And Kevin Hofbauer as the nerd who believes in the idea of the cinema, traditionally conceived, has a beautiful, unglamorous individuality that is a transfiguration of what character acting can mean. In fact, it is so good a performance that it has something heroic about it, because the thousand flaws in the glass are all there. The character is already shattered – his youthful illusion is that he’s already in pieces – and yet when he looms with anger and self-possession as The Flick progresses, you realise he has the glitter of prospects his fellows can’t know or know they can’t have.

Red Stitch veteran Dion Mills (a man I’d rather see play Iago or Albee’s George or the Master Builder than the next actor) is flawless and selfless as first a homeless person, then a replacement cleaner who disappears into trances. 

But this is a marvellous play made out of what could as easily have been a piece of string, and Nadia Tass directs it with a masterliness that draws absolutely no attention to itself. The images glow in the mind: Fair, radiant in semi-profile from the projection box, looking like the longing the screen arouses; the dignity of the 35-year-old defying a sense of shame at having an intellectually disabled brother; the young man, loyal with a fierce, awkward tenacity to his father, repudiating his mother; the old-fashioned idea of film, though aware of the illusion; the glimpsed old poster of the two kids in Fanny and Alexander.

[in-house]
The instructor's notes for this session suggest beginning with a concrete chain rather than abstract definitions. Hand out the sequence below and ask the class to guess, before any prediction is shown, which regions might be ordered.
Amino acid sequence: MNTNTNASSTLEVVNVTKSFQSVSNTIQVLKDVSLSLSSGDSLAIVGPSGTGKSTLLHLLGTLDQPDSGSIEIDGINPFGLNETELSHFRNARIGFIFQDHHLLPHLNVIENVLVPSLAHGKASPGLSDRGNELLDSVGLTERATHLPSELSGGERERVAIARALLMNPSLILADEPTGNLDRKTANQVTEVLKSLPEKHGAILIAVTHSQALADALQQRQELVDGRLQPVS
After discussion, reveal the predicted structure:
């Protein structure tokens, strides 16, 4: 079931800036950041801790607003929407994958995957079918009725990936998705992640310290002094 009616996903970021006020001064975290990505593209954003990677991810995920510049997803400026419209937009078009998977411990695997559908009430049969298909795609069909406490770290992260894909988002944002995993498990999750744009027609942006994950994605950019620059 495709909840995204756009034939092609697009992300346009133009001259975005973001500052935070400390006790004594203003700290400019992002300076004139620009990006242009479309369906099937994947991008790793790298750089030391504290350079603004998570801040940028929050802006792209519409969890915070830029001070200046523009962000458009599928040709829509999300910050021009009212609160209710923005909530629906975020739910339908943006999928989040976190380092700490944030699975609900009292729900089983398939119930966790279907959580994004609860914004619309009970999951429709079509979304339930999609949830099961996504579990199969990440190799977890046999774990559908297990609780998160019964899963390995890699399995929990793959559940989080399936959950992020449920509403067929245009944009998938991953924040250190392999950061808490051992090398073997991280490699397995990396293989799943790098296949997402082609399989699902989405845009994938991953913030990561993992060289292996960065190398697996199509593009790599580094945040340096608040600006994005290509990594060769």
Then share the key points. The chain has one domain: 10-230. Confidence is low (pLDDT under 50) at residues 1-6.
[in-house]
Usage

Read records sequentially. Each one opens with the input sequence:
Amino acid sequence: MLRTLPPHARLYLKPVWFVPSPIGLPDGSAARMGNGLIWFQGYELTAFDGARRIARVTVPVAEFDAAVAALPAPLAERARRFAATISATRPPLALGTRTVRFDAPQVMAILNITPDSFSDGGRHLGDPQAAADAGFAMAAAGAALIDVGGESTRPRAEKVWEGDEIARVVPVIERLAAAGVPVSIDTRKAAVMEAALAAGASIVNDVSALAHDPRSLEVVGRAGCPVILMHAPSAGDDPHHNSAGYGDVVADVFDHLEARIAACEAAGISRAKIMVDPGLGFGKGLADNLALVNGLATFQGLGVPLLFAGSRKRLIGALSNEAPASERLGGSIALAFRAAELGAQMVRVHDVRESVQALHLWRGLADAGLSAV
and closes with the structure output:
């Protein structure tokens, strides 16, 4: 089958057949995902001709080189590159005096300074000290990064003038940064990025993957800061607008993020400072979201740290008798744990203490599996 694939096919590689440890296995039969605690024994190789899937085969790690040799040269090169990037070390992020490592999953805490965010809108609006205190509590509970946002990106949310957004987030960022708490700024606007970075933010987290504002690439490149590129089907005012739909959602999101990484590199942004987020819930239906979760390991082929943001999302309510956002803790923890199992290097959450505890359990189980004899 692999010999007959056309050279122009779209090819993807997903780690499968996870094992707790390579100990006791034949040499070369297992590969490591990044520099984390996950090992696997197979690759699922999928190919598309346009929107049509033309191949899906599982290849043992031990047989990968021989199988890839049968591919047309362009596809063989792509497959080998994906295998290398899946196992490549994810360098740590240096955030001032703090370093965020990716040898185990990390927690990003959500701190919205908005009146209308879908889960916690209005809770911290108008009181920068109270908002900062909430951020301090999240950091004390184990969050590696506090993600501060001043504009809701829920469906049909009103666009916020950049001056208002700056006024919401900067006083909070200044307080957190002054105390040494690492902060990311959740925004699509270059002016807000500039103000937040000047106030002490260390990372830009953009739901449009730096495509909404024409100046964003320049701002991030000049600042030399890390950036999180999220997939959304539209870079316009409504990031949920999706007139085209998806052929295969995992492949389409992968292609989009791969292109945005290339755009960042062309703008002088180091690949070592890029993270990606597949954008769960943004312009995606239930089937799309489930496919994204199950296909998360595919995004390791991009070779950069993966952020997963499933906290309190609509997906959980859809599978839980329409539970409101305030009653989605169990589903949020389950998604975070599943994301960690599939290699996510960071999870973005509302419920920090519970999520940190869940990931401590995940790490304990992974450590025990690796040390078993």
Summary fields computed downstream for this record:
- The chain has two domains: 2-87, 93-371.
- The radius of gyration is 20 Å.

The Flick shows why the theatre is its own magic lantern, and it shows through the dynamic imagination of Tass how it can take on everything the cinema creates and come off triumphant, with a few human bodies and faces in a small, it might almost be empty, space.

Arts diary

• VISUAL ART  Capital and Country
Newcastle Art Gallery, until May 31

• THEATRE  Educating Rita
Ensemble Theatre, Sydney, until June 28

• VISUAL ART  Transmission: Legacies of the Television Age
NGV International, Melbourne, until September 13

• MUSIC  Melbourne International Jazz Festival
Various venues, Melbourne, until June 7

Last chance

• VISUAL ART Costumes from the Golden Age of Hollywood
Museum of Brisbane, until May 24

This article was first published in the print edition of The Saturday Paper on May 23, 2015 as "Flickering light". Subscribe here.

Peter Craven
is a literary and culture critic.